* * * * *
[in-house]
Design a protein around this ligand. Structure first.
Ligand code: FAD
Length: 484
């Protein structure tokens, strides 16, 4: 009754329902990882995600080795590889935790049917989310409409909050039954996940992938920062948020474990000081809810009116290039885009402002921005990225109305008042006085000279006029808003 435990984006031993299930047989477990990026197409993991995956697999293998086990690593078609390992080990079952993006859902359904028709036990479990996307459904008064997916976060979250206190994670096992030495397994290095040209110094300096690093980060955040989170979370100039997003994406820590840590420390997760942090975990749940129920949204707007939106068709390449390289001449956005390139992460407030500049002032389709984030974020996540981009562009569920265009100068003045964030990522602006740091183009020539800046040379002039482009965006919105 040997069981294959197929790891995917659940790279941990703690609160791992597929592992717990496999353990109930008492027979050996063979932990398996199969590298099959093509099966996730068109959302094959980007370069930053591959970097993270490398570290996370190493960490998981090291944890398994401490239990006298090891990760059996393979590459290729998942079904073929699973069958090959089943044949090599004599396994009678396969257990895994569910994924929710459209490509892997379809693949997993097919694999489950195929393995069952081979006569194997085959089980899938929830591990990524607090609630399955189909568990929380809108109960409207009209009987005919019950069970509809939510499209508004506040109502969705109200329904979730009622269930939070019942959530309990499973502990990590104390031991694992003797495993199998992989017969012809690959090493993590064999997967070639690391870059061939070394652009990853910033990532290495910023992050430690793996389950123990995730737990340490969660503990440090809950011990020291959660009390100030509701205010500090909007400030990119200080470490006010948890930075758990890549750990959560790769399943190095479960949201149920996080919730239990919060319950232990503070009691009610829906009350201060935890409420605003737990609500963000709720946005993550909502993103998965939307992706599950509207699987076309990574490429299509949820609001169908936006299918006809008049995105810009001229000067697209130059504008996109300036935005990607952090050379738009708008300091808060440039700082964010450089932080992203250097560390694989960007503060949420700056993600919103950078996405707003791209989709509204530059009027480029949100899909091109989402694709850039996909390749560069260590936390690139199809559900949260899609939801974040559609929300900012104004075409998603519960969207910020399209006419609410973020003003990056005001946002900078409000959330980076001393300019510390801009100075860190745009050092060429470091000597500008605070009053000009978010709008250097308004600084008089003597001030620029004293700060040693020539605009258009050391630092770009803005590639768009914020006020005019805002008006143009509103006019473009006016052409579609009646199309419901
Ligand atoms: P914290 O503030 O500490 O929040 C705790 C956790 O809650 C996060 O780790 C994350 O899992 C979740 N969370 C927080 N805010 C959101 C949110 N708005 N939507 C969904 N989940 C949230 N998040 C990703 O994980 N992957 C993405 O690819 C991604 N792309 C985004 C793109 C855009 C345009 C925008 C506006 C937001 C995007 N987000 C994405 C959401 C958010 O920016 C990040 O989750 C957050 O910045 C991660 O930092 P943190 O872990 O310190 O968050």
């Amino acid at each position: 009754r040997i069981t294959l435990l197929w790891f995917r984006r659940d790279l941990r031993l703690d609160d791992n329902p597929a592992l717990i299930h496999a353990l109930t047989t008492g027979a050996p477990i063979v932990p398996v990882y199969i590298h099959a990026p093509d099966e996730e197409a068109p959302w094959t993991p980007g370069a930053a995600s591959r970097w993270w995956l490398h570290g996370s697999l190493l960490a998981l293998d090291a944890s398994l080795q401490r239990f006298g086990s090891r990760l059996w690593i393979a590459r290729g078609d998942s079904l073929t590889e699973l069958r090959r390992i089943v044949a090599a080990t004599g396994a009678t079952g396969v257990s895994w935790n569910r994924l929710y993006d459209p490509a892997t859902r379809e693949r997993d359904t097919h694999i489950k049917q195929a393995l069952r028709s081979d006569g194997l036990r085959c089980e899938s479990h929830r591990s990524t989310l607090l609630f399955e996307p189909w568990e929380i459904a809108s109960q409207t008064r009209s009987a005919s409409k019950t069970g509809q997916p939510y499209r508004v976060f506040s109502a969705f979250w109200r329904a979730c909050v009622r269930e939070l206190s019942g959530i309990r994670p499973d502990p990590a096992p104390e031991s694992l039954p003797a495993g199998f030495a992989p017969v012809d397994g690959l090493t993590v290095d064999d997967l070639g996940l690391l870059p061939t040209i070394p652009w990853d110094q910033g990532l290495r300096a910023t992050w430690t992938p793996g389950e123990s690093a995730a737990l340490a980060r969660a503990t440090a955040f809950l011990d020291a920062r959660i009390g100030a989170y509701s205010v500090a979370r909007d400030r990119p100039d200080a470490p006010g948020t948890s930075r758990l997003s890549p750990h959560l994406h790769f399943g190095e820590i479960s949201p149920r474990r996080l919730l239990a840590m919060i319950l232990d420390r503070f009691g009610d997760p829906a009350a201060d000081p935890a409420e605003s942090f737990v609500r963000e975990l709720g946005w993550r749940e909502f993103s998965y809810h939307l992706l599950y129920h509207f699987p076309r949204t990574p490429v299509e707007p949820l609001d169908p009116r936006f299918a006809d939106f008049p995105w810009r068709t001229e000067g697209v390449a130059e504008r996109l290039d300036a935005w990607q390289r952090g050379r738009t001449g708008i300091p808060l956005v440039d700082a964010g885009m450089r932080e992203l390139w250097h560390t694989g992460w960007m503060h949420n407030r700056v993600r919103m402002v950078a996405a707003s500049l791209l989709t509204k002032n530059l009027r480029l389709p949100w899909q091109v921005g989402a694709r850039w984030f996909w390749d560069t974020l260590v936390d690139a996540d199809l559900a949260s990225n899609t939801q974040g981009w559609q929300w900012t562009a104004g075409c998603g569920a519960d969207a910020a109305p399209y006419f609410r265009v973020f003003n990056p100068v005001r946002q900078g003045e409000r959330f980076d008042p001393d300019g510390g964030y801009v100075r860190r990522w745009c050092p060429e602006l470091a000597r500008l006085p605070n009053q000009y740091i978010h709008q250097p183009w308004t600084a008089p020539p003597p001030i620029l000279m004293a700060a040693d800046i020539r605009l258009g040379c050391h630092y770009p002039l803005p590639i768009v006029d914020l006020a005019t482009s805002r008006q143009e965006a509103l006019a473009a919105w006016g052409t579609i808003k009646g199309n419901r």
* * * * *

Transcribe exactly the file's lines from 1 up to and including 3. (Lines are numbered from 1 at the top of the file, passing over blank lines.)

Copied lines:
[in-house]
Design a protein around this ligand. Structure first.
Ligand code: FAD